Arlington Life Shelter Expands Resources for Residents

Story by Chandler Lewis. Photos by Jan Osborn.

In 1987, three churches in Arlington got together to form a homeless shelter that would go on to serve the local homeless population for the next thirty-five years and counting. Stephanie Melchert, Executive Director of what is now called Arlington Life Shelter, was involved decades before she would ever come to work at the shelter itself. We met with her in the computer lab of the shelter, donated by the Dallas Mavs Foundation, to talk about not only her history with the shelter, but the history of the shelter itself.

“The really neat full circle about this entire thing is that way back in the early and mid ‘90s, I was with Advent Lutheran…and I was a Food Team Leader,” Melchert said. Advent Lutheran Church had one of the food teams assisting the shelter at that time.

 “What those food teams do is they provide dinner for our residents…so a food team might come in and do spaghetti meatballs, salad, garlic bread, some sort of dessert, and then sack lunches,” Melchert said.

The residents of the shelter in the 1990s needed those sack lunches, because Arlington Life Shelter wasn’t always a 24/7, 365 day shelter. 

“We were a night shelter to begin with. So a hot meal, a shower, if they needed to do some laundry…then they would wake up the next morning, have breakfast, take a sack lunch and leave,” Melchert explained.

Melchert still remembers her first time being in the shelter, and how much it shocked her.

“I remember the first time walking through the shelter. I will admit I had the preconceived notion of what is a homeless shelter…I went through the men’s dormitory and it was just very, very eye opening,” she said. “I remember seeing a little boy in there and that probably pulled a lot harder on my heartstrings because I wasn’t expecting that,” she recalled. 

Melchert is now extremely aware of those preconceived notions about the homeless and how ubiquitous they are.

“One of the myths, I would say, is that the number one reason why someone becomes homeless is because of some sort of an addiction. Actually, the number one reason here in North Texas for why someone is homeless is because of affordable housing. The number two reason is for (people who are) underemployed or unemployed,” she said. 

“(Someone) might be working a full-time job at $10/hour with $1200 rent…They have their car payment, they have their insurance, they have medical bills, living expenses, and then something happens in their life,” Melchert explained.

“Let’s say they were in a car accident. They have to make that choice…If they don’t have their car fixed, they can’t go to work. So they make the choice to get their car fixed. They can’t pay their rent, and then they feel like they can make it up next month, but it’s a snowball effect.”

Today, Arlington Life Shelter has a serious focus on providing its residents with the access to employment that they need to thrive.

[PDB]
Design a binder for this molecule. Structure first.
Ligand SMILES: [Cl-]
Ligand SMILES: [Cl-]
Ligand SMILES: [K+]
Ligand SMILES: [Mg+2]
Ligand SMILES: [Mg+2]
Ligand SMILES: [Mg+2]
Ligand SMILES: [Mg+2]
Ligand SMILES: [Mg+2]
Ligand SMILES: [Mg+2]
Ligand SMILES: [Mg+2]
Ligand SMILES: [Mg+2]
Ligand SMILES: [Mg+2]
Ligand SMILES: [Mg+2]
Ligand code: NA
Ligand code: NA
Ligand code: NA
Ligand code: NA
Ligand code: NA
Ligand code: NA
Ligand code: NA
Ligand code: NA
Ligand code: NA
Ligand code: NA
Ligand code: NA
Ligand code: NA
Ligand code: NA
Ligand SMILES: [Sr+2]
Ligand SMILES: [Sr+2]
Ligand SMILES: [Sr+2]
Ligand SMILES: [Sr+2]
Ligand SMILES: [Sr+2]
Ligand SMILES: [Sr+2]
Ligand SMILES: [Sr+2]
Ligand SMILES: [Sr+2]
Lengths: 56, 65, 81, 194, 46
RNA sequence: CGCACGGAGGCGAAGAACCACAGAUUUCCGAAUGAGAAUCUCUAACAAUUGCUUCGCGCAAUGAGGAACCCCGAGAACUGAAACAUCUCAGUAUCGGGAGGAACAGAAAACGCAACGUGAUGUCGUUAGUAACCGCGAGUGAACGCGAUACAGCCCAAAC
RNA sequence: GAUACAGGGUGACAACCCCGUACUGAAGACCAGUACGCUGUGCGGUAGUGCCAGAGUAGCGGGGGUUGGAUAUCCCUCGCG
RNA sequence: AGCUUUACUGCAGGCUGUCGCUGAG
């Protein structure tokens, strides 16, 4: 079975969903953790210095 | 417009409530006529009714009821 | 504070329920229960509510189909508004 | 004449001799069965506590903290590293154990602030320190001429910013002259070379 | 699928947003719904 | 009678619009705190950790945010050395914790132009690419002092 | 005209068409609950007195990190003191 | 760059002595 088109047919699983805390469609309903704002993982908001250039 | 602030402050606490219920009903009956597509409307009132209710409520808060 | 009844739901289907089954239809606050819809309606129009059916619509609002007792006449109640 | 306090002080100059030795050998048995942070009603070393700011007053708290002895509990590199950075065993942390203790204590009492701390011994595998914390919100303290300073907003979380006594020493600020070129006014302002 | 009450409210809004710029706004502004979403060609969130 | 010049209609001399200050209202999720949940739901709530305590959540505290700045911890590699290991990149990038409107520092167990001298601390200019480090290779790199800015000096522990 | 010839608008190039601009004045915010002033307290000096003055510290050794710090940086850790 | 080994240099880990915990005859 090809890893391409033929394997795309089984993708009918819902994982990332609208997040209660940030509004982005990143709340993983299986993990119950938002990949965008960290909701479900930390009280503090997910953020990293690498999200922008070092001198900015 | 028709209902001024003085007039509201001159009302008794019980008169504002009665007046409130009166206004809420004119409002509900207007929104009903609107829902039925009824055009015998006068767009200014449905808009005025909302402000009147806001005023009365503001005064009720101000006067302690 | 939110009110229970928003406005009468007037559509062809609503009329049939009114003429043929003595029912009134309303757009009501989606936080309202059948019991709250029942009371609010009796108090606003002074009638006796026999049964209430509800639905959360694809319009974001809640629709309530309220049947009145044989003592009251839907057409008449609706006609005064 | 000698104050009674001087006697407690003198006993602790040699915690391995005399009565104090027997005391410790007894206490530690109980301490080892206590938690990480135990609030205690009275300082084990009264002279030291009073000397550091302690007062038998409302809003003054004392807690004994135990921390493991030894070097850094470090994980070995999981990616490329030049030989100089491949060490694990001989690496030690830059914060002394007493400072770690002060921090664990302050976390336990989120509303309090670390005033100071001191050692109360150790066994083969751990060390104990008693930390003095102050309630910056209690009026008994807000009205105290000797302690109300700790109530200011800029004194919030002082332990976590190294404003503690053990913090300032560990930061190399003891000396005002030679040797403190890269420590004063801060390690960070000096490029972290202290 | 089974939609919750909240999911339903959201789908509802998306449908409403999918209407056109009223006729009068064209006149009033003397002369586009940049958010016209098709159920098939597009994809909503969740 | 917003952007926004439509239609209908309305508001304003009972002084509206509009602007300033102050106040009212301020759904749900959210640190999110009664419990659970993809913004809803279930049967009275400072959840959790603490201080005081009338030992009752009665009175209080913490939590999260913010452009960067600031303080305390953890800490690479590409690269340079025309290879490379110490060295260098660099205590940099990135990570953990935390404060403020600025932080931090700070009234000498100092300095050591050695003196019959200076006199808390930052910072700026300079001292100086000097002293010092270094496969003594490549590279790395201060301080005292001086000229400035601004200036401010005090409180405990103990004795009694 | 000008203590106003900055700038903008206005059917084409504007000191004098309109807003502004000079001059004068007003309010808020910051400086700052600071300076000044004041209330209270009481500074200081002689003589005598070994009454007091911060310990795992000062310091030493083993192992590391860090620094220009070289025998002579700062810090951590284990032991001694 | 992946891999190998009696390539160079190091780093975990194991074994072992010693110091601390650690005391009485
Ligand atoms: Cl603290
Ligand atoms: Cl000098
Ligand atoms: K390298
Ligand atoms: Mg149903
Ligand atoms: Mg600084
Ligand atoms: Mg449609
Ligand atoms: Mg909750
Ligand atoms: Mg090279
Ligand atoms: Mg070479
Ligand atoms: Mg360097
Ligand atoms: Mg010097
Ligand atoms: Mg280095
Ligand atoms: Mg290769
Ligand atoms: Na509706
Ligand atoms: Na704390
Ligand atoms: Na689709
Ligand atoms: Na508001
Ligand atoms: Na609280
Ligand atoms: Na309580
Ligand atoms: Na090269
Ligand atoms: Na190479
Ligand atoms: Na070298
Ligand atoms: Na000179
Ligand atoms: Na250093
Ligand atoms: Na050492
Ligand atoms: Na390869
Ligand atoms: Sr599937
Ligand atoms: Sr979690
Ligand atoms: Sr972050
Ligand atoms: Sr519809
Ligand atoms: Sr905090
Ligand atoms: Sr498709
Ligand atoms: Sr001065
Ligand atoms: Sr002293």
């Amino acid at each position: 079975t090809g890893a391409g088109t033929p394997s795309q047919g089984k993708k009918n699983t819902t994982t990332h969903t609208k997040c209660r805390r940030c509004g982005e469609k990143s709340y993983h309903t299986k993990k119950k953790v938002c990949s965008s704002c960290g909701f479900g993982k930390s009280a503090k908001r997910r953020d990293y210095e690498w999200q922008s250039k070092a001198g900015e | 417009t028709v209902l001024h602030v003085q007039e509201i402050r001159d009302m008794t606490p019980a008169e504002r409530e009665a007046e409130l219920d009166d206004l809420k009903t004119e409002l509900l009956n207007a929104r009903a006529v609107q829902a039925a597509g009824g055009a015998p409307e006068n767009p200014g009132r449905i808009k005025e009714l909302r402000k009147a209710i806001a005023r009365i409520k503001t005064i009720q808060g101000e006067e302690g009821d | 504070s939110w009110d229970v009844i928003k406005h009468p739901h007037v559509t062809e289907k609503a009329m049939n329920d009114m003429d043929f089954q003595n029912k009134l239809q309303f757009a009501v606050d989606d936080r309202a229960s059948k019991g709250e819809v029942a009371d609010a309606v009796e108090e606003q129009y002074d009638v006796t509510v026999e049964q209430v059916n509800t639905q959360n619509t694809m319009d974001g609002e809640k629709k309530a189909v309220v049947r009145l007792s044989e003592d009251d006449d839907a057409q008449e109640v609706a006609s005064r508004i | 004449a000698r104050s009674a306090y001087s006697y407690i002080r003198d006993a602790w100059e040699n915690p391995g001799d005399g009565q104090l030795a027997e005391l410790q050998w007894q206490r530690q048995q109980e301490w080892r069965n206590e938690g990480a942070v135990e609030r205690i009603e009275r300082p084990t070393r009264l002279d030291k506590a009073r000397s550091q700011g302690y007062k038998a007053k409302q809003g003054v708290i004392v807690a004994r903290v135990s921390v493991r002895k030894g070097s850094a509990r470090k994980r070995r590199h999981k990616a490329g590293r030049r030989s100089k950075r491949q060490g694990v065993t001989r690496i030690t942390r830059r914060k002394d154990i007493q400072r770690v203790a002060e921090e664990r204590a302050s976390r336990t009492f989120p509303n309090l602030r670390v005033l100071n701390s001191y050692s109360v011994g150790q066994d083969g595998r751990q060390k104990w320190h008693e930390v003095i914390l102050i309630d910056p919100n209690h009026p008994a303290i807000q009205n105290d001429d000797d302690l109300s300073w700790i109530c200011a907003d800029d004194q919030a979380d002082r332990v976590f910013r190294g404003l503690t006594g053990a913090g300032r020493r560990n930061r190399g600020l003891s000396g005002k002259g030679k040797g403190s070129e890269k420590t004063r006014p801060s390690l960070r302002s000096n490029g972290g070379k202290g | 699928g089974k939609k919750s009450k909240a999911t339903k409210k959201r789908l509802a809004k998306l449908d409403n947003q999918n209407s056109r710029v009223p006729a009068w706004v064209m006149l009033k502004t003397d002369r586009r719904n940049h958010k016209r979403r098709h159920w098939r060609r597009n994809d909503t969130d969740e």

“Seventy-five percent of our clients do have jobs, but as I mentioned, they might be underemployed,” Melchert said. “The nice thing about this Dallas Mavs Foundation computer lab is during COVID…we had some of our residents work remote in this lab.” The shelter also has a focus on finding their unemployed residents work.

“With our employment program, we partner with Goodwill…They come in twice a week. They meet with each one of our residents, figure out what their skills are, what their aspirations are,” Melchert said. “They help them get their jobs.” The shelter wants to give people the skills they need to make their own way. “Our whole mission is for them to be self-sufficient.”

Not only has the Arlington Life Shelter expanded its resources for its residents, but also its capacity and operating hours.

“We renovated the old building, and we added an additional twelve thousand square feet, so today we are twenty-seven thousand square feet. We are 24/7, 365 days a year,” Melchert said. In order to fund this expansion, the shelter embarked on a capital campaign in 2017. They raised $6.2 Million.

As a result of this expansion, the shelter was able to increase its capacity to 120 people, plus an additional 20 during inclement weather. True to the conviction Melchert felt when she saw that little boy in the shelter decades ago, much of this new capacity is sheltering families.

“The biggest reason why we embarked on a capital campaign was to serve more families. Our second floor is only for families and we have seven family bedrooms. Most of the bedrooms can hold up to six people.”

Dallas Doing Good team interviewing Stephanie Melchert at Arlington Life Shelter.

While the shelter is currently done with expanding its facilities, it’s not done finding ways to serve more people. 

“Our internal plan is to really get us to that 120 (residents)…If we had literally 120 people in here right now, we wouldn’t be able to serve them because we don’t have enough tables and chairs. Do we need more computers? You know, stuff like that,” Melchert said.

Melchert stressed the importance of continued support from the community.

“We had this great capital campaign, we have this amazing new building, we’re serving more people, but we still need more money for our capital.”

Stephanie Melchert has overseen the operations of Arlington Life Shelter through its most transformative period. The shelter is now helping more people than it ever has, and is on the path to helping even more. So, what does doing good mean to her?

“Just be kind…If you don’t know anybody that’s being kind, just be kind. You just never know what someone else is experiencing that day. They might be having a really hard day. Just be kind.”